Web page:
Today I attended a Sustainability Business Australia forum on the direction of international climate negotiations.
Are these negotiations doing anything?
So far there have been 18 conferences of the parties, or COPs, with mixed results (I remember writing a thesis on COP3 when I was at uni!) The COPs have led to Kyoto, an agreement to agree, a roadmap to comprehensive agreement, and other indifferent results.
So will COP19 in Poland be a good COP or a bad COP?
It is worth remembering that Australia was hailed last year after implementation of the carbon price. It probably won’t be the same this year as the mood of today’s meeting was certainly that Australia is swimming against the international tide of action. In fact, 75% of people on the planet are now covered by some kind of laws to reduce emissions and this fact will help rather than hinder negotiations.
But a little bit behind Australia’s adulation was a lower key event about savanna burning in the north of Australia. This event seems to have been quite a hit and has led to a project led by UN University and the North Australian Indigenous Land and Sea Management Alliance (NAILSMA) to internationalise the savanna burning methodology. African countries in particular are very interested as the work done to develop the Australian methodology overcame earlier work in Africa. The positive story of COPs perhaps rests with the innovation and ideas from these side events.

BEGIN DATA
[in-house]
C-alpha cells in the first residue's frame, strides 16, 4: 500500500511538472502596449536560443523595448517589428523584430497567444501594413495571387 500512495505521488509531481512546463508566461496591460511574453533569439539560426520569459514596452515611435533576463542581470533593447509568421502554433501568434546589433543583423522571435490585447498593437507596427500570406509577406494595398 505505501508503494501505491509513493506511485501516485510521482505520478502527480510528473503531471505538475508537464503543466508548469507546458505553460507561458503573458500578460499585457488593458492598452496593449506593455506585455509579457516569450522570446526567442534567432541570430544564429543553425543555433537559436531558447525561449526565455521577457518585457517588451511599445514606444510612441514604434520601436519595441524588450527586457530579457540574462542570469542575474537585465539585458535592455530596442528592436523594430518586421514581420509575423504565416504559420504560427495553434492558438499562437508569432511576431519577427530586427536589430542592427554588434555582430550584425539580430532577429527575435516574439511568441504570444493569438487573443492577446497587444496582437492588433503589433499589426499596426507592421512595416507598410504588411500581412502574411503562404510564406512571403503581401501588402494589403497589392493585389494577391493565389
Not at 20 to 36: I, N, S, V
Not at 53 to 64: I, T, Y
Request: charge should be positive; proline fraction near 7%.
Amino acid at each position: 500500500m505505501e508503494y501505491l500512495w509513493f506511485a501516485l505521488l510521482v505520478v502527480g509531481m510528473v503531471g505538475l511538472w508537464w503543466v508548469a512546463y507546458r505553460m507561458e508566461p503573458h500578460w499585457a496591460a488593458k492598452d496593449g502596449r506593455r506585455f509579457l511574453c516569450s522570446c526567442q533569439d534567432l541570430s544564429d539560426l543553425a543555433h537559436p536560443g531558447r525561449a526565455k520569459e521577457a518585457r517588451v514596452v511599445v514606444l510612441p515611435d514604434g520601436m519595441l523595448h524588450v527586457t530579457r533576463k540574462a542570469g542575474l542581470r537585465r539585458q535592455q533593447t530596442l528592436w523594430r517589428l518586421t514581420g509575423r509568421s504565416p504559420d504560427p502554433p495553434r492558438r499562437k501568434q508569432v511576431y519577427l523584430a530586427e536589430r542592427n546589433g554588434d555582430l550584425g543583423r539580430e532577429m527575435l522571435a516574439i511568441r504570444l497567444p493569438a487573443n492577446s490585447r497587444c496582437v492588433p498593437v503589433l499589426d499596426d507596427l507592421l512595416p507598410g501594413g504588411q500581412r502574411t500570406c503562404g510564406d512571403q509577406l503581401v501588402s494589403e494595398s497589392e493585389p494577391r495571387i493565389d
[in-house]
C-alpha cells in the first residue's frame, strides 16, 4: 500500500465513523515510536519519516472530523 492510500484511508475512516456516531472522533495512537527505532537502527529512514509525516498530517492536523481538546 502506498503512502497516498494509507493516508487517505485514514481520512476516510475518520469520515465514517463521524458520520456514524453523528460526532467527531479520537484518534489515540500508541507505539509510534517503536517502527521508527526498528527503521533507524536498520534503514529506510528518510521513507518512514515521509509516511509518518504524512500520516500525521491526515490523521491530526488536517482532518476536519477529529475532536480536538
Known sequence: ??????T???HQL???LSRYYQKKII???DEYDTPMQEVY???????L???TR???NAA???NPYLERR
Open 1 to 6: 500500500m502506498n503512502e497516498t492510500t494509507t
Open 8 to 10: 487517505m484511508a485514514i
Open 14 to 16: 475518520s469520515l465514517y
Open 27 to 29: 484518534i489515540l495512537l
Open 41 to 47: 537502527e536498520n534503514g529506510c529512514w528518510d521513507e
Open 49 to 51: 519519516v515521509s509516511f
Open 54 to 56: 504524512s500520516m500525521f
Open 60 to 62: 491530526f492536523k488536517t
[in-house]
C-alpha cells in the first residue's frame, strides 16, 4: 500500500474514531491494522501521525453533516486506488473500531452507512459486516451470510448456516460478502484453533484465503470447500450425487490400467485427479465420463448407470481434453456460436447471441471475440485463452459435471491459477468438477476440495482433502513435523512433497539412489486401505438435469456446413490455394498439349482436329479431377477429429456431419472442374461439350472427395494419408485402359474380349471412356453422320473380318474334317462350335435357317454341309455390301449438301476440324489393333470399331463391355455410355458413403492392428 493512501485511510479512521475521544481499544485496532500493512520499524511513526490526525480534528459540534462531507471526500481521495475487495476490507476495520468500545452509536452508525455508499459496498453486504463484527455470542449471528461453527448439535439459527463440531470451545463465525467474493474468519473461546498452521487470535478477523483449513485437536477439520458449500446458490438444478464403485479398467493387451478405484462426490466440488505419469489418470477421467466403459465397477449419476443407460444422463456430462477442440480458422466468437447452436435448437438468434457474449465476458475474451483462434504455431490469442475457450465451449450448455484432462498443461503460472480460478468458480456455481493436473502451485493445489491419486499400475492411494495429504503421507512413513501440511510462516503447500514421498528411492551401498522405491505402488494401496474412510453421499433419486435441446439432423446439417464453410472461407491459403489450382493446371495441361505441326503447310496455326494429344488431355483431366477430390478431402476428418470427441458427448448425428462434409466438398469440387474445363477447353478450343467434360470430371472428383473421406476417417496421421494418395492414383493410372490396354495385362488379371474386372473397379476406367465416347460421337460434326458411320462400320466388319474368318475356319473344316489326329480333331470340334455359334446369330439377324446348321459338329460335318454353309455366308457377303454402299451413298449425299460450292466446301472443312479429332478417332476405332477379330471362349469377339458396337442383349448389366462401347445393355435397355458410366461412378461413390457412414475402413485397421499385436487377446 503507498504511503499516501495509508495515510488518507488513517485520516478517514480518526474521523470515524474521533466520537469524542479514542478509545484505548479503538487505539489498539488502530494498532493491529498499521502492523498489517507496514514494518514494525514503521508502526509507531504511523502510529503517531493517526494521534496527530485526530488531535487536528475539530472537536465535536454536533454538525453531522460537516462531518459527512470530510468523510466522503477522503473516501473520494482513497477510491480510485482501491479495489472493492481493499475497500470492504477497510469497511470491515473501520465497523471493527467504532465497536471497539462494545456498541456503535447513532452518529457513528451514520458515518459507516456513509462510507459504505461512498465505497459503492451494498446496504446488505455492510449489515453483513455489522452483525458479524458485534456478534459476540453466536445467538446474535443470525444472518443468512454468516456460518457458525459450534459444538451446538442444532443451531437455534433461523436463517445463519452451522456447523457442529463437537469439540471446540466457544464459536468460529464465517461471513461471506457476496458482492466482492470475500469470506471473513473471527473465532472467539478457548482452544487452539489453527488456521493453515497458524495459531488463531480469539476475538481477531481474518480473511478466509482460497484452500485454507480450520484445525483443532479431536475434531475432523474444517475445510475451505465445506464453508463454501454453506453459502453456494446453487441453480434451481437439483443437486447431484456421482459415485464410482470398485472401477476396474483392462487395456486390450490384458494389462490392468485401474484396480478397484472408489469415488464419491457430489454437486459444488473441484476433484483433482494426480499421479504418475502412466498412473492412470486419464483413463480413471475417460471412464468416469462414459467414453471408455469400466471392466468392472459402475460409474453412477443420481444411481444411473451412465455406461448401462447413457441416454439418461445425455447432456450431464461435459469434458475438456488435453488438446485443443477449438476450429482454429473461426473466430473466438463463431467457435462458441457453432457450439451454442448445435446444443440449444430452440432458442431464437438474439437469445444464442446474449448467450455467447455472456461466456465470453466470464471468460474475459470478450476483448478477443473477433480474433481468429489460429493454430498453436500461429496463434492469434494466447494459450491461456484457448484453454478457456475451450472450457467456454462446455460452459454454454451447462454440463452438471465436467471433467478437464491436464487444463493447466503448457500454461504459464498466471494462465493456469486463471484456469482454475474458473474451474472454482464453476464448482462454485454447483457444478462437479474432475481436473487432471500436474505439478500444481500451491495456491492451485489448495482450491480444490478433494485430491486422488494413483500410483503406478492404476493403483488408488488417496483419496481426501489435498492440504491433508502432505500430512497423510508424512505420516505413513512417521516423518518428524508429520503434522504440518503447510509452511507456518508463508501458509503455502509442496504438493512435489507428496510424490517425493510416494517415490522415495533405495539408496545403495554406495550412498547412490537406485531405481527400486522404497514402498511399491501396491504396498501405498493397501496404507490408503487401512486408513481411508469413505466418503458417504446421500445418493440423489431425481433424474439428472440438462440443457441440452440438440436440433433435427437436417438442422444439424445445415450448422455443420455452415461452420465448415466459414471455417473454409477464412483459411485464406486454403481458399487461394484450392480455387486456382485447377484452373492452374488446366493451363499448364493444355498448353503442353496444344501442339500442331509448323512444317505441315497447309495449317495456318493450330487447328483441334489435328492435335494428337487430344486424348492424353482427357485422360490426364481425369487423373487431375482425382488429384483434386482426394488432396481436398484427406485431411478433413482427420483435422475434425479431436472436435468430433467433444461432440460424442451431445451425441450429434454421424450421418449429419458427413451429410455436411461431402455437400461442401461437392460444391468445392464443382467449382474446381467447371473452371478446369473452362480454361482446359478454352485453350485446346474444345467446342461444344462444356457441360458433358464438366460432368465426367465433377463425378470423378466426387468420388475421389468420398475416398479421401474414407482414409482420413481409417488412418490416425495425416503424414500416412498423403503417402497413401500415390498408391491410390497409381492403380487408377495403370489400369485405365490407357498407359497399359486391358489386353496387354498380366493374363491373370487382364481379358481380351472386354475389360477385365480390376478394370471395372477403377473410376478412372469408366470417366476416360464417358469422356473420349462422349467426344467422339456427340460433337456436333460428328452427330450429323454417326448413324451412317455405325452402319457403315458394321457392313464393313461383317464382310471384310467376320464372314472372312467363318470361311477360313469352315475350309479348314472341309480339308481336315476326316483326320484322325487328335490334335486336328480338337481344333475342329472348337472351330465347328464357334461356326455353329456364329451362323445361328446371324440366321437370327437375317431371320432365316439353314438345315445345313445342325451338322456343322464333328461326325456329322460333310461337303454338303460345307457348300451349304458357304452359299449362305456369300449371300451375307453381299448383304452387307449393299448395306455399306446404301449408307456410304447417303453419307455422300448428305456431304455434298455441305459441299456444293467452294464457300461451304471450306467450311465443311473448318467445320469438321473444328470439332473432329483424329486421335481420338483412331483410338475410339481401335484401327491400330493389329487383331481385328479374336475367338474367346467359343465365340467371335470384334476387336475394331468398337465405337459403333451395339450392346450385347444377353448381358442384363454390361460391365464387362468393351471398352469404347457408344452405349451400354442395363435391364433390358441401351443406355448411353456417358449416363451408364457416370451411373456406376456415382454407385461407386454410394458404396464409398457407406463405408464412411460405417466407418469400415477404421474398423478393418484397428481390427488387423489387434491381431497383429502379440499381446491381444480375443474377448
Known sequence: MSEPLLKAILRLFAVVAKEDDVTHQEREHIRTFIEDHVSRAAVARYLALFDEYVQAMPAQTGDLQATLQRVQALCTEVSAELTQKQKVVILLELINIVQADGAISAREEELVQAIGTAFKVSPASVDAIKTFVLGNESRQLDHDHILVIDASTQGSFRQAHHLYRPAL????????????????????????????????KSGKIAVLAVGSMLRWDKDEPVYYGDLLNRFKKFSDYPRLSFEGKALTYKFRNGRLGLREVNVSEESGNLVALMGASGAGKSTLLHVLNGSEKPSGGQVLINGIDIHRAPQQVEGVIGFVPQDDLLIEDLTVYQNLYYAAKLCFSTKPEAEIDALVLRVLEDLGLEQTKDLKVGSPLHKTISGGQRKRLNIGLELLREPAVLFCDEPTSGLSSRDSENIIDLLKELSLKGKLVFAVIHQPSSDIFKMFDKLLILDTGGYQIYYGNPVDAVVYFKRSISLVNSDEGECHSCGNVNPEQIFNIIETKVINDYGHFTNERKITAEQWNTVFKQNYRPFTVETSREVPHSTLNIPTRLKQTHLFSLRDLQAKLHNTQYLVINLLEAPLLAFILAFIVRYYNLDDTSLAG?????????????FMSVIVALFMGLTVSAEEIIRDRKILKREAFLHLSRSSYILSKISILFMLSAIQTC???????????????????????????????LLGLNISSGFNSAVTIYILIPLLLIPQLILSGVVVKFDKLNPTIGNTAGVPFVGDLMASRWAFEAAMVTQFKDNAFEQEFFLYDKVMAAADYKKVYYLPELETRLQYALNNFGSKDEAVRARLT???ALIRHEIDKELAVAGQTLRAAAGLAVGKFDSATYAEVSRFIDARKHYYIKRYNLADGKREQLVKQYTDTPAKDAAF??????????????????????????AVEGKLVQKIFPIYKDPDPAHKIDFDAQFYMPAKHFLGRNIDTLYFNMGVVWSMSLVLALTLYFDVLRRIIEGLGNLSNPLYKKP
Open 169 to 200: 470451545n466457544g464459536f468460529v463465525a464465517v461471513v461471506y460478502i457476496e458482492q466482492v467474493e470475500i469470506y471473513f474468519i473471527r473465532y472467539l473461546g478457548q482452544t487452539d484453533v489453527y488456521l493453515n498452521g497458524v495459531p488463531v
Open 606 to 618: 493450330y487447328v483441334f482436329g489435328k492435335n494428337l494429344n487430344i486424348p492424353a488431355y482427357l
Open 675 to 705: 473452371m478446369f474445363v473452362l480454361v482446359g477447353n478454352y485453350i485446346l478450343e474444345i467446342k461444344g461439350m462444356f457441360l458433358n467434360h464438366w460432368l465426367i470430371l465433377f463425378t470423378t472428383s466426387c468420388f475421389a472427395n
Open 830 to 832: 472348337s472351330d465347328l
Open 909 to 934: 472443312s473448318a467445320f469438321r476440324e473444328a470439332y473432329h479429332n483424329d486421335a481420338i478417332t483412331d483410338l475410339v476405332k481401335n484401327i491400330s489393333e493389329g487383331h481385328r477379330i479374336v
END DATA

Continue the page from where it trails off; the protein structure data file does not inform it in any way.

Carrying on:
Our discussion suggested that COP18 last year managed to declutter the process towards a comprehensive agreement, but what will COP19 deliver? Maybe the groundbreaking CFI will get a run in the margins. Hopefully Australia won’t be announced as the first country to introduce then remove a carbon price.
Australia’s negotiating position is due to be announced next week.